This workshop will examine the role of silence and silencing during post-authoritarian and post-conflict transitional periods. Mechanisms established during these periods, such as courts, truth commissions, public apologies, memorials and even reparations programs often champion public discussion about experiences, both directly and indirectly. Talking is frequently understood to be a cathartic release, but what about those who do not wish to speak about the past? Marita Eastmond and Johanna Mannegren Selimovic (2012) argue that silence in Bosnia and Herzegovina conveys its own social meanings. Rosalind Shaw (2007) argues that Sierra Leoneans were more interested in ‘forgetting’ than talking about the past. In these instances, silence is attributed to culture and yet, it appears to be a cross-cultural theme in many transitional societies. Other scholars, such as Cheryl Glenn (2004), argue that silence is a specific form of rhetoric, whilst Bhambra and Shilliam (2008) point out that canonical disciplines can also be complicit in silencing. We build on this body of knowledge, and advance it by investigating the roles, practices and understandings of silence in formal and informal spaces in periods of transition.
We welcome contributions for papers exploring the following issues:
- What role does silence play in broader political settlement processes?
- Are intervention practices, such as peacebuilding and transitional justice, complicit in silencing communities, individuals and experiences?
- Is silence a way of coping, and it if it made out of 'choice', what kinds of personal and/or communal dynamics shape these choices?
- What are the different drivers that construct these silences? How do these experiences become alternatively embodied?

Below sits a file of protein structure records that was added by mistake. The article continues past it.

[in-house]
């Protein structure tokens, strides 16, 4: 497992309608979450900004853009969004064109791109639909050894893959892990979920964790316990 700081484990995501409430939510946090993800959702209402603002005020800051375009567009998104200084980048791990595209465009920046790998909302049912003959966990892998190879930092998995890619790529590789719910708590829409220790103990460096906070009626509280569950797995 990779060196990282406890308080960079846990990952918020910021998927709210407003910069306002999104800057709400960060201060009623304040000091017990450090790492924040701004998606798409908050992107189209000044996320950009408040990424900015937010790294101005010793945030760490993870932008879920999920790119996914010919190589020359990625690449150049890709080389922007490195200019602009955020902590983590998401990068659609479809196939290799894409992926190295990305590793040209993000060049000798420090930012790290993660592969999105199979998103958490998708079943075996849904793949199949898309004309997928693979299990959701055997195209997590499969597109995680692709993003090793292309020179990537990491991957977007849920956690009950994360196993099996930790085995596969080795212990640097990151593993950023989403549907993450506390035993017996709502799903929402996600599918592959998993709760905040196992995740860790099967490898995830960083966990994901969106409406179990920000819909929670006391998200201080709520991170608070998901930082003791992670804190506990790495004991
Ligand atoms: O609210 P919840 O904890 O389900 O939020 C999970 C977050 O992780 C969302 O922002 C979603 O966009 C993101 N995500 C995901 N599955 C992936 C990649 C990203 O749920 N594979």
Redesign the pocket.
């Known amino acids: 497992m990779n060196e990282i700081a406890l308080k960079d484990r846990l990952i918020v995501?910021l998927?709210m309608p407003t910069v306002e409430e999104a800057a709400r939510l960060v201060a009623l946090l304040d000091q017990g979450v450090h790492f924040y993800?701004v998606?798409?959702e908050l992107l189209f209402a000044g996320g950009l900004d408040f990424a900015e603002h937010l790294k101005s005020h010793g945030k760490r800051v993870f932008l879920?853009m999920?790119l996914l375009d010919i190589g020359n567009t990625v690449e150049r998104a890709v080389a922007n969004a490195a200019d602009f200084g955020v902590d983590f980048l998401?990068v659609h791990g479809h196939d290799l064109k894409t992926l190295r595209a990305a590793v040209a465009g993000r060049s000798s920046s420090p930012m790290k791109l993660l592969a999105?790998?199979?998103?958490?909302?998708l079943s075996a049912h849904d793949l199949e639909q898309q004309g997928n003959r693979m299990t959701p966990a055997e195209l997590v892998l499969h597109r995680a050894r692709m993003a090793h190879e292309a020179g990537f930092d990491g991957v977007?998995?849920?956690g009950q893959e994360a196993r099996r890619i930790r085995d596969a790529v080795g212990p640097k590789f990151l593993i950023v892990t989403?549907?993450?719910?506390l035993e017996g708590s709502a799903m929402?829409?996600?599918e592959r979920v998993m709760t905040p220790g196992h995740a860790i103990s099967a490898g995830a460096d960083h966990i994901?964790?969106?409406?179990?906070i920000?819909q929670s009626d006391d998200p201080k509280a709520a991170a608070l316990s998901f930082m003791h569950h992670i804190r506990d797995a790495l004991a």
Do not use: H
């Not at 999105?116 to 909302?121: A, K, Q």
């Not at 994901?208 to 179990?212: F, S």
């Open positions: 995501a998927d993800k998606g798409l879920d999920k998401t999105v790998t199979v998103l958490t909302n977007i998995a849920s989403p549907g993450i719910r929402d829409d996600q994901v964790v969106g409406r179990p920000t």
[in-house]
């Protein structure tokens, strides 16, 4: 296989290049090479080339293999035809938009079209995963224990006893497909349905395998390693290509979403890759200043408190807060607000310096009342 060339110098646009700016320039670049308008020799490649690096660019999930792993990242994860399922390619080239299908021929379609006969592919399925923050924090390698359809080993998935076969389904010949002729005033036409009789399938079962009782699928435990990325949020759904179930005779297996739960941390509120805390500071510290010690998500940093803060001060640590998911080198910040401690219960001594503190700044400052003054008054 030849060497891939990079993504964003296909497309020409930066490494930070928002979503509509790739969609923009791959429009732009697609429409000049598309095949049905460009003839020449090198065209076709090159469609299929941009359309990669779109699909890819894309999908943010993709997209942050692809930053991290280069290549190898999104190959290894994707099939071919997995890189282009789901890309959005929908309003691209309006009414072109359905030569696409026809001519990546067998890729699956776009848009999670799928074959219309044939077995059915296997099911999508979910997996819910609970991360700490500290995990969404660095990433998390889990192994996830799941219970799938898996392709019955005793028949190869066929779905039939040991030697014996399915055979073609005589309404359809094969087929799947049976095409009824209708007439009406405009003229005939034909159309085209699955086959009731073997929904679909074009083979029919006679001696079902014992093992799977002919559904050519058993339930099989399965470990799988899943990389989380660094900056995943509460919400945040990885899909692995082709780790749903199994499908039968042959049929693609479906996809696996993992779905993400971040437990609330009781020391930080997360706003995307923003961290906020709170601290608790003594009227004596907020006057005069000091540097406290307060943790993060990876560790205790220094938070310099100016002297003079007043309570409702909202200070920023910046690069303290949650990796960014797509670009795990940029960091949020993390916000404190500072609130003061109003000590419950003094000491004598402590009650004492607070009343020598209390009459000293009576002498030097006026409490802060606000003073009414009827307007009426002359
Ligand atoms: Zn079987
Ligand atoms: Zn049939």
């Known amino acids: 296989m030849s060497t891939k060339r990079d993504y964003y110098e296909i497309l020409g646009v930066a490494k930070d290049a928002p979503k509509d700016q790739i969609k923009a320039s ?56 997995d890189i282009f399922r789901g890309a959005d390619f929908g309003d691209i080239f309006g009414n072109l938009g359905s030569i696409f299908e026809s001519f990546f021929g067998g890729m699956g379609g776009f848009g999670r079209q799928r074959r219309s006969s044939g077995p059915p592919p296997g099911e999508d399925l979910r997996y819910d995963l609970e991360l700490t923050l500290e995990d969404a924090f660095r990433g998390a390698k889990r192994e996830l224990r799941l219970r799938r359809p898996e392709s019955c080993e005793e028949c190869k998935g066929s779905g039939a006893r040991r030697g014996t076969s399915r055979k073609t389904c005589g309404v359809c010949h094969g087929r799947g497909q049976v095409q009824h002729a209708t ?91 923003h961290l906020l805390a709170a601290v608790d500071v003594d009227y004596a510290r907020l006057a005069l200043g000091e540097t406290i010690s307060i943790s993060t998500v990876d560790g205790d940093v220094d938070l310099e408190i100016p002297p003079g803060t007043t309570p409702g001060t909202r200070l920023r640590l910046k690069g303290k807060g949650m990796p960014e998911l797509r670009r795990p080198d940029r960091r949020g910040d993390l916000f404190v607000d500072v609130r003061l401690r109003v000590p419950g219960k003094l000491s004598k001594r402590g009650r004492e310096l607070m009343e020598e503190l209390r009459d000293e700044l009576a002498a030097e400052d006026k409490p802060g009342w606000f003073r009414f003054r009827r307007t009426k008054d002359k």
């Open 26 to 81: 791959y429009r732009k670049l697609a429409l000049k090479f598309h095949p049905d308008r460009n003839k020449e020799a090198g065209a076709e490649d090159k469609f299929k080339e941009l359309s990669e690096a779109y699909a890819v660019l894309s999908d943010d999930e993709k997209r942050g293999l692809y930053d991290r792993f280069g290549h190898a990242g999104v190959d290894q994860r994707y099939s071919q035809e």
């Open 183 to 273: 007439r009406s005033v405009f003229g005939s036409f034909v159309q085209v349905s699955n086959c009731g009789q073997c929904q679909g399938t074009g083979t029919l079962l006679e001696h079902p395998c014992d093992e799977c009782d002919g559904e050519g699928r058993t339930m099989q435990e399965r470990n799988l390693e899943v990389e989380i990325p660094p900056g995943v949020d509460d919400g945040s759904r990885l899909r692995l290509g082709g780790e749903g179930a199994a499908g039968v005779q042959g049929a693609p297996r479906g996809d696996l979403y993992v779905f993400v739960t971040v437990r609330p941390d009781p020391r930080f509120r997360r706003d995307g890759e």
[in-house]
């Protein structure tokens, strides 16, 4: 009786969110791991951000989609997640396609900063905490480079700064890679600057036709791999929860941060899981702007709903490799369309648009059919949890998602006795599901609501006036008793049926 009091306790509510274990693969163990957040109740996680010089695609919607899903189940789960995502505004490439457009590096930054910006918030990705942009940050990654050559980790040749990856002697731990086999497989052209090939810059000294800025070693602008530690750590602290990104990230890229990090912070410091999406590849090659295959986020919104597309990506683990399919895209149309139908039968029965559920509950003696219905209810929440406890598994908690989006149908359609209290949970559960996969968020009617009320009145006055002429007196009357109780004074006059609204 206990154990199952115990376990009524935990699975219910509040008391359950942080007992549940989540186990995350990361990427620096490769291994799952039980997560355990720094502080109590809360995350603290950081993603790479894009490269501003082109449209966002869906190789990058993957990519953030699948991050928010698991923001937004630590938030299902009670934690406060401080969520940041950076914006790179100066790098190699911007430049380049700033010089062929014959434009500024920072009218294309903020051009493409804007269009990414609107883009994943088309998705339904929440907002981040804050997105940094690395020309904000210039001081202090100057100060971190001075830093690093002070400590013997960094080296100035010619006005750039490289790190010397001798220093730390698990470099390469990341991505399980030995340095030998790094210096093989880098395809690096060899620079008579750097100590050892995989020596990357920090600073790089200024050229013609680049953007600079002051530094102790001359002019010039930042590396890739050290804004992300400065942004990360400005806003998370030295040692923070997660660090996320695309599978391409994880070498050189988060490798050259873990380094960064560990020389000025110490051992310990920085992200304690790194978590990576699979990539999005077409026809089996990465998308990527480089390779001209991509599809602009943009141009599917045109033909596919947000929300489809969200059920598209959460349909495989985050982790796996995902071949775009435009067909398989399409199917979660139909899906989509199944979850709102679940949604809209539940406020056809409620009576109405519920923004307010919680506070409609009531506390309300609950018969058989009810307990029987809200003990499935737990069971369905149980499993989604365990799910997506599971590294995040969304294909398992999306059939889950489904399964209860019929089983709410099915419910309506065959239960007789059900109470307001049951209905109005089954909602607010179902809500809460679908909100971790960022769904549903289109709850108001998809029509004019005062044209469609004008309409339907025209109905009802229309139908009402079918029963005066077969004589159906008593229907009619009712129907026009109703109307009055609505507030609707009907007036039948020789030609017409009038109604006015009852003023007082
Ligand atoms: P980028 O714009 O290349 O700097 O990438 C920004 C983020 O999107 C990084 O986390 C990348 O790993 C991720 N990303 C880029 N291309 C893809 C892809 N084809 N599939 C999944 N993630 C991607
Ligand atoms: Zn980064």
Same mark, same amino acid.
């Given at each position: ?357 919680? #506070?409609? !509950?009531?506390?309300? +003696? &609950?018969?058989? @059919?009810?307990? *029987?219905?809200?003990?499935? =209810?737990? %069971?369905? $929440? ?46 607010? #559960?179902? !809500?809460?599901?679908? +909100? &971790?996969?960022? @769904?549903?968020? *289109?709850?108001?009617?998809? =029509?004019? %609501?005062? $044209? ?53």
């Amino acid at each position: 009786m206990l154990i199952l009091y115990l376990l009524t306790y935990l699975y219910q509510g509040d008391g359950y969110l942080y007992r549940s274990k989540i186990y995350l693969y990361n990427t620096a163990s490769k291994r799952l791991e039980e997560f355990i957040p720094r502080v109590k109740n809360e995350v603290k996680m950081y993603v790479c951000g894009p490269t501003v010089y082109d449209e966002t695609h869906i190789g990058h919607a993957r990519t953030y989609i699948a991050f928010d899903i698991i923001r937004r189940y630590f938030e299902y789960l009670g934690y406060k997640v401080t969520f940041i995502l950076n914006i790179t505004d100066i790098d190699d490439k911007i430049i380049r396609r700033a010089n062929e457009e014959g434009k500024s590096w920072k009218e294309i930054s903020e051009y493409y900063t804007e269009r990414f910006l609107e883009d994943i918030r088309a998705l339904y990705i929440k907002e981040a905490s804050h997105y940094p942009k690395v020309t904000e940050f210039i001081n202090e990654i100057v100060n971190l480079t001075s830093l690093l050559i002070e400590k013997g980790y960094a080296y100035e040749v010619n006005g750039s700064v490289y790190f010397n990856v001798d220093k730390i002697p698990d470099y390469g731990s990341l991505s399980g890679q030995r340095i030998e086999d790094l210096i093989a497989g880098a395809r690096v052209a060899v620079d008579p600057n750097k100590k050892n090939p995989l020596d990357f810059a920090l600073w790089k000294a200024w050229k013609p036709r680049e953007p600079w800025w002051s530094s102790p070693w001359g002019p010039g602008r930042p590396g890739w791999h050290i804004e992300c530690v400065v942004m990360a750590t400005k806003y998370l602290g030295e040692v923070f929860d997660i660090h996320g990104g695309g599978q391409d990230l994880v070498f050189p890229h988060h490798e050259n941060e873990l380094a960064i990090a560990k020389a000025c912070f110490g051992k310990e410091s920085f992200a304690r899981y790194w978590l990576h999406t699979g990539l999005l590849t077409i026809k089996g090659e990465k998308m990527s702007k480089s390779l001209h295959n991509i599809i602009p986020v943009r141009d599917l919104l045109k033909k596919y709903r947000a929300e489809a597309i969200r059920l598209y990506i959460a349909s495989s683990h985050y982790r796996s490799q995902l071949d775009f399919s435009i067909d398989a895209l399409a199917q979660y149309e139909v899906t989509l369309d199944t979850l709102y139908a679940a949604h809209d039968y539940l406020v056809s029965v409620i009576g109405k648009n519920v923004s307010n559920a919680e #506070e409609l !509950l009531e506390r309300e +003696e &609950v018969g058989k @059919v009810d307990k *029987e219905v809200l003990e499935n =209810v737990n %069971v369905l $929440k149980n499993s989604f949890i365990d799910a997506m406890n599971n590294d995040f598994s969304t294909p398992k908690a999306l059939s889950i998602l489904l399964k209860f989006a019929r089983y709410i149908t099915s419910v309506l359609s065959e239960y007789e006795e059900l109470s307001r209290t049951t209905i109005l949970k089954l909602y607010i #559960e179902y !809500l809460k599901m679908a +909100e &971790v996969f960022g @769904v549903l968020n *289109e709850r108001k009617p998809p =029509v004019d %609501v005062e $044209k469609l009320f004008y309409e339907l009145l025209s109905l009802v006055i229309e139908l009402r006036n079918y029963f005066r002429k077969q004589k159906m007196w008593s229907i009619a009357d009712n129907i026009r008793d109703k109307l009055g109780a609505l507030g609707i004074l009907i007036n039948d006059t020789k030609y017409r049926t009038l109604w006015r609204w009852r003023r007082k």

- Can silence convey its own story?
- What is the relationship between silence, time, memory and healing?
- What does silence say about the role of power dynamics between those who do not speak and those who interpret? Is the interpretation of silence different for victims and perpetrators?
- What is the relationship between communal or individual silences, and formal structures, policies and institutions?
- Do physical spaces, such as cities, neighbourhoods and buildings, convey silence?
- How can silence manifest as a form of resistance and agency?
We are especially interested in 'transitions' (to the extent that these can be defined precisely), particularly those that take countries and communities from war, violence and crisis (all interpreted broadly) towards peace and democracy. The workshop will be inter-disciplinary and we welcome contributions from fields such as peacebuilding, transitional justice, anthropology, ethnography, political geography, post-conflict psychology (such as the role of trauma and memory), conflict resolution, post-conflict economies and other fields. We particularly welcome contributions from current PhD students.
We are currently putting together a special issue proposal for Social &
Legal studies, based on the workshop proceedings.
A limited amount of funding is available to cover travel expenses (PhD students will be prioritised). Please note that we are only able to make modest contributions to travel expenses and are unlikely to be able to cover the full cost of non-UK travel. Please let us know if you would require funding, specifying estimate costs when submitting your abstract.
There is NO registration fee for the workshop itself. All abstracts of up to 300 words should be submitted to Laura Martin (email@example.com) and Jelena Obradovic-Wochnik (firstname.lastname@example.org) by *Friday,
December 4 th, 2015.
Successful participants will be notified by mid-December.
The program will be a one-day event happening at the University of Edinburgh’s School of Social and Political Science. The workshop will consist of paper presentations and panel discussions. In addition, there will also be a wine reception followed by a film screening of The Look of Silence in the evening and will be followed by a panel discussion thatwill draw on some of the broader theoretical and conceptual conclusions from both the panels and the film.